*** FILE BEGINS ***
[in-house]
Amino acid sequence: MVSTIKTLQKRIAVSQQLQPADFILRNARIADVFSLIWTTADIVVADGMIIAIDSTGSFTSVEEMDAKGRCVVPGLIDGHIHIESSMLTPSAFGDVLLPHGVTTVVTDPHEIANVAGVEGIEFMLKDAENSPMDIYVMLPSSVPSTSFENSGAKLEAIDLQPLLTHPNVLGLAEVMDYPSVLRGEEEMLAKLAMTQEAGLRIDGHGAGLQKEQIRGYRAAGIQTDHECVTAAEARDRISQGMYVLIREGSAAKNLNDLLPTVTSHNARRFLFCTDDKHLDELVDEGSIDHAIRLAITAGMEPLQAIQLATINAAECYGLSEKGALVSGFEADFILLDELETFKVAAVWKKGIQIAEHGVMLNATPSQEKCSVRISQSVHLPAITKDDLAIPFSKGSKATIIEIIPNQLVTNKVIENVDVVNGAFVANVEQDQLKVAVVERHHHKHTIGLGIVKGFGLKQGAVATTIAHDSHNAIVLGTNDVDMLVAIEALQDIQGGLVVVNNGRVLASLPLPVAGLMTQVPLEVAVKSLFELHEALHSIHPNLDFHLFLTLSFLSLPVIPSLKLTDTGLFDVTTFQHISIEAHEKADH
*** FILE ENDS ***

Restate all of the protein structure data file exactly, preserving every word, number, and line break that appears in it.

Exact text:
[in-house]
Amino acid sequence: MVSTIKTLQKRIAVSQQLQPADFILRNARIADVFSLIWTTADIVVADGMIIAIDSTGSFTSVEEMDAKGRCVVPGLIDGHIHIESSMLTPSAFGDVLLPHGVTTVVTDPHEIANVAGVEGIEFMLKDAENSPMDIYVMLPSSVPSTSFENSGAKLEAIDLQPLLTHPNVLGLAEVMDYPSVLRGEEEMLAKLAMTQEAGLRIDGHGAGLQKEQIRGYRAAGIQTDHECVTAAEARDRISQGMYVLIREGSAAKNLNDLLPTVTSHNARRFLFCTDDKHLDELVDEGSIDHAIRLAITAGMEPLQAIQLATINAAECYGLSEKGALVSGFEADFILLDELETFKVAAVWKKGIQIAEHGVMLNATPSQEKCSVRISQSVHLPAITKDDLAIPFSKGSKATIIEIIPNQLVTNKVIENVDVVNGAFVANVEQDQLKVAVVERHHHKHTIGLGIVKGFGLKQGAVATTIAHDSHNAIVLGTNDVDMLVAIEALQDIQGGLVVVNNGRVLASLPLPVAGLMTQVPLEVAVKSLFELHEALHSIHPNLDFHLFLTLSFLSLPVIPSLKLTDTGLFDVTTFQHISIEAHEKADH